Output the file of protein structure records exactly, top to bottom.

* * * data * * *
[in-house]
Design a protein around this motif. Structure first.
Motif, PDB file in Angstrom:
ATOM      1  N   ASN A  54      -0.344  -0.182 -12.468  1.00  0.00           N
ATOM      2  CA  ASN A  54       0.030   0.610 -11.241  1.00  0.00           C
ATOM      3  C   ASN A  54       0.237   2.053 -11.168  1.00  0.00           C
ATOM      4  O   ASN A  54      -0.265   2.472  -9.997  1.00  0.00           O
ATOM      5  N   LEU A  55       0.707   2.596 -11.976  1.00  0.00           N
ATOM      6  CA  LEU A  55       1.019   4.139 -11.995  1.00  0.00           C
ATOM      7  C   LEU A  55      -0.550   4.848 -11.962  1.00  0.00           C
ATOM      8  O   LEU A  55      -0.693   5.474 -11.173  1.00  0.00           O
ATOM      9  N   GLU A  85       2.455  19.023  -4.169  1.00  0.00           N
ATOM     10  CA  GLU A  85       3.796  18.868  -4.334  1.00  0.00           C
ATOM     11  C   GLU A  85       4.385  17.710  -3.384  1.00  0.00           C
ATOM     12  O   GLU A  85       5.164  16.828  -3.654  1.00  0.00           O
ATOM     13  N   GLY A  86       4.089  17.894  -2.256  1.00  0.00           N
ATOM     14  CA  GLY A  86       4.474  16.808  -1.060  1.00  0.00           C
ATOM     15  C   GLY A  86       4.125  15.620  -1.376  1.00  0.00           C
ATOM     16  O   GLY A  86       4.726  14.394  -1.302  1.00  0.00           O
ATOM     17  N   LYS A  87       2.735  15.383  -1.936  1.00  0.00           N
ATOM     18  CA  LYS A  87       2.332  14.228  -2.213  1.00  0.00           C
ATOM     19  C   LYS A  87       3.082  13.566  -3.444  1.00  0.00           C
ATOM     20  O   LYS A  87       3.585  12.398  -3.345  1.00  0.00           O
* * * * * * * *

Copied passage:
[in-house]
Design a protein around this motif. Structure first.
Motif, PDB file in Angstrom:
ATOM      1  N   ASN A  54      -0.344  -0.182 -12.468  1.00  0.00           N
ATOM      2  CA  ASN A  54       0.030   0.610 -11.241  1.00  0.00           C
ATOM      3  C   ASN A  54       0.237   2.053 -11.168  1.00  0.00           C
ATOM      4  O   ASN A  54      -0.265   2.472  -9.997  1.00  0.00           O
ATOM      5  N   LEU A  55       0.707   2.596 -11.976  1.00  0.00           N
ATOM      6  CA  LEU A  55       1.019   4.139 -11.995  1.00  0.00           C
ATOM      7  C   LEU A  55      -0.550   4.848 -11.962  1.00  0.00           C
ATOM      8  O   LEU A  55      -0.693   5.474 -11.173  1.00  0.00           O
ATOM      9  N   GLU A  85       2.455  19.023  -4.169  1.00  0.00           N
ATOM     10  CA  GLU A  85       3.796  18.868  -4.334  1.00  0.00           C
ATOM     11  C   GLU A  85       4.385  17.710  -3.384  1.00  0.00           C
ATOM     12  O   GLU A  85       5.164  16.828  -3.654  1.00  0.00           O
ATOM     13  N   GLY A  86       4.089  17.894  -2.256  1.00  0.00           N
ATOM     14  CA  GLY A  86       4.474  16.808  -1.060  1.00  0.00           C
ATOM     15  C   GLY A  86       4.125  15.620  -1.376  1.00  0.00           C
ATOM     16  O   GLY A  86       4.726  14.394  -1.302  1.00  0.00           O
ATOM     17  N   LYS A  87       2.735  15.383  -1.936  1.00  0.00           N
ATOM     18  CA  LYS A  87       2.332  14.228  -2.213  1.00  0.00           C
ATOM     19  C   LYS A  87       3.082  13.566  -3.444  1.00  0.00           C
ATOM     20  O   LYS A  87       3.585  12.398  -3.345  1.00  0.00           O